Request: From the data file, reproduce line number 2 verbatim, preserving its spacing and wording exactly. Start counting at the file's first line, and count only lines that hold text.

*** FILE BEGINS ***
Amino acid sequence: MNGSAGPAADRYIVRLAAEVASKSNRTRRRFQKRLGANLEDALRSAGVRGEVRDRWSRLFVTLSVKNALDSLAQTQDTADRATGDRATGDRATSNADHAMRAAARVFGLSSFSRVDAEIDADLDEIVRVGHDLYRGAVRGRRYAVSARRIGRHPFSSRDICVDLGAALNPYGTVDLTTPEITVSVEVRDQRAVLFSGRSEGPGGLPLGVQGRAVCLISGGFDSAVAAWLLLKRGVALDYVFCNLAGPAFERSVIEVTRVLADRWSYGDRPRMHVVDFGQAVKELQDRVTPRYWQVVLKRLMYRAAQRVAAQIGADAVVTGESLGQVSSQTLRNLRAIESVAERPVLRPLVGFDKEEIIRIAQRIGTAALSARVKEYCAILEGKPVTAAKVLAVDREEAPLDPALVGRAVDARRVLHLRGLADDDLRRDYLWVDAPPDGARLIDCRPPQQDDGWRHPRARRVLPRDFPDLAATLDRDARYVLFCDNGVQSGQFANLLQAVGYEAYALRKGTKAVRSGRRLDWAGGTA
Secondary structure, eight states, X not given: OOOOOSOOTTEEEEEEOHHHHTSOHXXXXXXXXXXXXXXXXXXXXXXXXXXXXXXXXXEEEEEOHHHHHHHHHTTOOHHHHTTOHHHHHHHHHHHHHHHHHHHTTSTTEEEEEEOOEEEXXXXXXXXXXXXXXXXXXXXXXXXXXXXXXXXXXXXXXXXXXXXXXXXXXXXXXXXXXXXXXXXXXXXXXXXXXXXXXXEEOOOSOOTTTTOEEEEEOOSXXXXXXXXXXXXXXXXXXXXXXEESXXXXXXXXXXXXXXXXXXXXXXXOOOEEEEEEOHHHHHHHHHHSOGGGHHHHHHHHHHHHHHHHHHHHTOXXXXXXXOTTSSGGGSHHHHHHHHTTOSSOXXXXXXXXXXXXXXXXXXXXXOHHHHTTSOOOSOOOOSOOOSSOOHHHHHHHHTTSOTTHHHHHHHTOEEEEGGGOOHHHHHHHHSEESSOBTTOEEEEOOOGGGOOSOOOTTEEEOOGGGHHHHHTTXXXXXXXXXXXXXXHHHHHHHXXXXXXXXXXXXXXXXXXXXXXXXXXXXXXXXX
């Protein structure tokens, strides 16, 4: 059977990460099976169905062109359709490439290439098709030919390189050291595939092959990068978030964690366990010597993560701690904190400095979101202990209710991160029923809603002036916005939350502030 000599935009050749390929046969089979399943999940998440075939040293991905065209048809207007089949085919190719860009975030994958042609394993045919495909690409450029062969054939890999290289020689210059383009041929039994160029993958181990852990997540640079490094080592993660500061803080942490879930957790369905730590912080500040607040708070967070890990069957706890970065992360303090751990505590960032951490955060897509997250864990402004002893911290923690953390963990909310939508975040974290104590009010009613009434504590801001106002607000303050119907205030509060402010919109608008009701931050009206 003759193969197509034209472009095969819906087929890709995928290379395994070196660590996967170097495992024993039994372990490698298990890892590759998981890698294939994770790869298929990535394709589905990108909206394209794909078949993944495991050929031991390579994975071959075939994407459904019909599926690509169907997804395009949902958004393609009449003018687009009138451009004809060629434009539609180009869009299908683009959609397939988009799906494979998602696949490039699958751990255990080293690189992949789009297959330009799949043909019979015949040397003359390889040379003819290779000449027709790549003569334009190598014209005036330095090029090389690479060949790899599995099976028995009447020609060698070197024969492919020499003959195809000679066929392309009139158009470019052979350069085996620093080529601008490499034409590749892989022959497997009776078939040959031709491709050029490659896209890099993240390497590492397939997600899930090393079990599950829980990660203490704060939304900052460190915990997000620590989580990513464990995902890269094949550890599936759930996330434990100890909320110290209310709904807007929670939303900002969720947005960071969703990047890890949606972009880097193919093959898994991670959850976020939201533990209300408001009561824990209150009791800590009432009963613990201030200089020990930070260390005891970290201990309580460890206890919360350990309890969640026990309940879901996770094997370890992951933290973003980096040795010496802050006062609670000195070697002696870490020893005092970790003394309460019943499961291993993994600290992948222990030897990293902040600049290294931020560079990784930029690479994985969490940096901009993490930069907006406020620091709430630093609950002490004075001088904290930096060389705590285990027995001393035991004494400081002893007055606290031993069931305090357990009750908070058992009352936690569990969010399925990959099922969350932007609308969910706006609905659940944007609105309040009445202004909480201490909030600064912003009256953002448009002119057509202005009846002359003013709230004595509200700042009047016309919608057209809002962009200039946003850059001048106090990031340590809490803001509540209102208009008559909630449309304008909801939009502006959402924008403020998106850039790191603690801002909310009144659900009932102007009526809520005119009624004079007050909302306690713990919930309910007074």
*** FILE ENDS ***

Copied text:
Secondary structure, eight states, X not given: OOOOOSOOTTEEEEEEOHHHHTSOHXXXXXXXXXXXXXXXXXXXXXXXXXXXXXXXXXEEEEEOHHHHHHHHHTTOOHHHHTTOHHHHHHHHHHHHHHHHHHHTTSTTEEEEEEOOEEEXXXXXXXXXXXXXXXXXXXXXXXXXXXXXXXXXXXXXXXXXXXXXXXXXXXXXXXXXXXXXXXXXXXXXXXXXXXXXXXEEOOOSOOTTTTOEEEEEOOSXXXXXXXXXXXXXXXXXXXXXXEESXXXXXXXXXXXXXXXXXXXXXXXOOOEEEEEEOHHHHHHHHHHSOGGGHHHHHHHHHHHHHHHHHHHHTOXXXXXXXOTTSSGGGSHHHHHHHHTTOSSOXXXXXXXXXXXXXXXXXXXXXOHHHHTTSOOOSOOOOSOOOSSOOHHHHHHHHTTSOTTHHHHHHHTOEEEEGGGOOHHHHHHHHSEESSOBTTOEEEEOOOGGGOOSOOOTTEEEOOGGGHHHHHTTXXXXXXXXXXXXXXHHHHHHHXXXXXXXXXXXXXXXXXXXXXXXXXXXXXXXXX